The holidays are fast approaching. At least, I think we are supposed to believe they are approaching, seeing that a variety of stores have had their Christmas decorations out since they put the blowup pools on clearance. I have begun my seasonal chant to the children. “It’s not about the toys. It’s not about the toys.” If only I could convince them that it’s all about the food. Soon after the pumpkins make their first appearance, the issue of food begins to creep to the forefront of my mind. Okay, it’s always in the forefront, but the issue of holiday food comes to the forefront of this ever-on-the-forefront issue. As mentioned in previous posts, Jim and I have been vegetarians for some years now and holiday gatherings often present a particular challenge to our ethics. You might think that being a vegetarian implies the obvious—that you don’t eat meat—and you would be correct, I suppose, regarding a large number of vegetarians. But we Spiegels always like to make things a little more complicated. Jim timidly suggested one day that we stop eating factory farmed meat after research for his ethics class left him horrified and more than a little queasy. I had flirted with vegetarianism since high school for a number of reasons, one of the more influential of which was probably just to irritate my parents. (In an act of divine justice, our kids as teenagers will probably defy us with pepperoni pizza and ham sandwiches.) So it wasn’t, as many imagine, that we woke up one day with a deep loathing for meat and have shunned it ever since. In fact, sometimes at night we lay in bed whispering sweet nothings to each other about the days of Wendy’s cheeseburgers and hot dogs at the ball park.
What amazes me is that here we are now a decade into that decision and I still feel like I am trying to figure out how to go about it. Again you might be saying to yourself, what is to figure out? You are a vegetarian, so don’t eat meat. What’s so complicated about that? A lot, actually. There are the “What qualifies as meat?” questions. There are obvious answers to this and not so obvious ones. Rump roast? Definitely meat. (I think we could safely qualify as meat anything which refers to a particular part of the body, rump, ribs, wings, etc). Fish we have ruled as non-meat. Contrary to annoying pleas I once made to a college boyfriend, I don’t think fish have enough going on upstairs to register significant pain and suffering. But there are all sorts of tricky, grey areas such as chicken stock and the bacon that comes on top of the salad that you didn’t notice on the menu but it’s already mixed in and you hate to make a fuss. When faced with such a situation, we usually make eye-contact and silently ask one another “Are you going to eat it?” It can, at times, be rather comical. We have good friends who are also vegetarians of the meat loving sort. At a university banquet a few years back, we each had a large portion of country-fried steak placed in front of us. After an embarrassed pause, we began to tentatively eat our dinners. By the end, I was restraining myself from licking the plate clean. Gravy—yummmm.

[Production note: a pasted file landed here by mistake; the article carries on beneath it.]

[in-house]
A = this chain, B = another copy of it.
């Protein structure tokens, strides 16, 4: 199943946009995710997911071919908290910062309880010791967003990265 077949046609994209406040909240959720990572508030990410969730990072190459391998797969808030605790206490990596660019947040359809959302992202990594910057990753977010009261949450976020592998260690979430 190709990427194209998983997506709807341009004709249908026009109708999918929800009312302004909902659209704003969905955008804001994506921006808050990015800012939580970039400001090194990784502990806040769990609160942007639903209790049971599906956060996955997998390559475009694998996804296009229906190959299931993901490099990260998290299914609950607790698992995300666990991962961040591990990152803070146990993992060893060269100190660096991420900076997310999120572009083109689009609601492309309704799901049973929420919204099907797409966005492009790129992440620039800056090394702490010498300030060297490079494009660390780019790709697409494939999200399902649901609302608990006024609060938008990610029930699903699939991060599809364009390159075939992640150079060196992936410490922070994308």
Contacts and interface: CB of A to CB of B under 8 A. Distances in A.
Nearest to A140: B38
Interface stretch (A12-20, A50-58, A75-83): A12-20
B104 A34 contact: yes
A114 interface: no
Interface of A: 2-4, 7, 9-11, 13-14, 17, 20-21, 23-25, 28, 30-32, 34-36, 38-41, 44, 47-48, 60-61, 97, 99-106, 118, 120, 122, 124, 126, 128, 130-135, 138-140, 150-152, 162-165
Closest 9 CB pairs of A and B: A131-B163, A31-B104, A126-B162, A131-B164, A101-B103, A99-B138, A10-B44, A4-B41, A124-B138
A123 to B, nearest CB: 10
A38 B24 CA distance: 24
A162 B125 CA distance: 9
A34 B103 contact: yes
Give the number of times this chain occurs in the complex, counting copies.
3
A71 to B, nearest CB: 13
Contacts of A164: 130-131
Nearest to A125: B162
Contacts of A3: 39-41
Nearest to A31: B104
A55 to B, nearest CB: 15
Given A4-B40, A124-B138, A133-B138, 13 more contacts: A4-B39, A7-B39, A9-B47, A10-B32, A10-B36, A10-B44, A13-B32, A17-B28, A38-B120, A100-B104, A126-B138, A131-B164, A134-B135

The holidays, as well as other family gatherings and church potluck dinners, are filled with tension and temptation. You want to be polite, not to make people feel uncomfortable and let’s face it, ethical dilemma aside, flesh can be quite tasty. I feel guilty just piling up on veggies as if my plate is some sort of moral judgment on those around me. I feel guilty adding a slice or two of turkey when (a) I have made the commitment to forego said turkey and (b) if I am honest, I am not just being polite. So I am faced with either being the party killjoy (this makes it sound as if our families sit around, knife and fork in hand, banging on the table and shouting “Argh, give us our meat wench!” which is far from the case) or being the party hypocrite. In reality, probably no one is looking and no one really cares what I put on my plate except for my kids who love to steal the best parts for themselves. So this holiday season, I vow to turn over a new, guilt-free leaf. Be my plate carnivorous, herbivorous, or somewhere in between, I will walk with my head held high. In other words, I will make sure I follow Jim through the line and only get meat if he does. What can I say? I guess I’m just chicken.
Michelle May MD
We face a similar quandry with my teenage vegetarian. Here are some simple, graceful ideas that you might find helpful: http://www.veggieteenscookbook.com/2008/11/how-do-vegetarians-handle-thanksgiving.html.
Michelle (mom of VeggieTeen)
Good for you! We’ve come to the same conclusion in the last couple of years. I still feel a little divided on the issue, but I think Pat just looks forward to visiting anyone who will serve him meat at this point. Our optical conversation goes like this: I look up from my veggie-laden plate at church dinner at Pat’s two hot dogs. (Why does your plate not look like mine?) He takes a bite and smiles sheepishly. (I was hungry, I wanted it, and besides, it IS what is being served this Sunday.) For now, Israel will eat off my plate on such occasions, ESPECIALLY if the “meat” is hot dogs!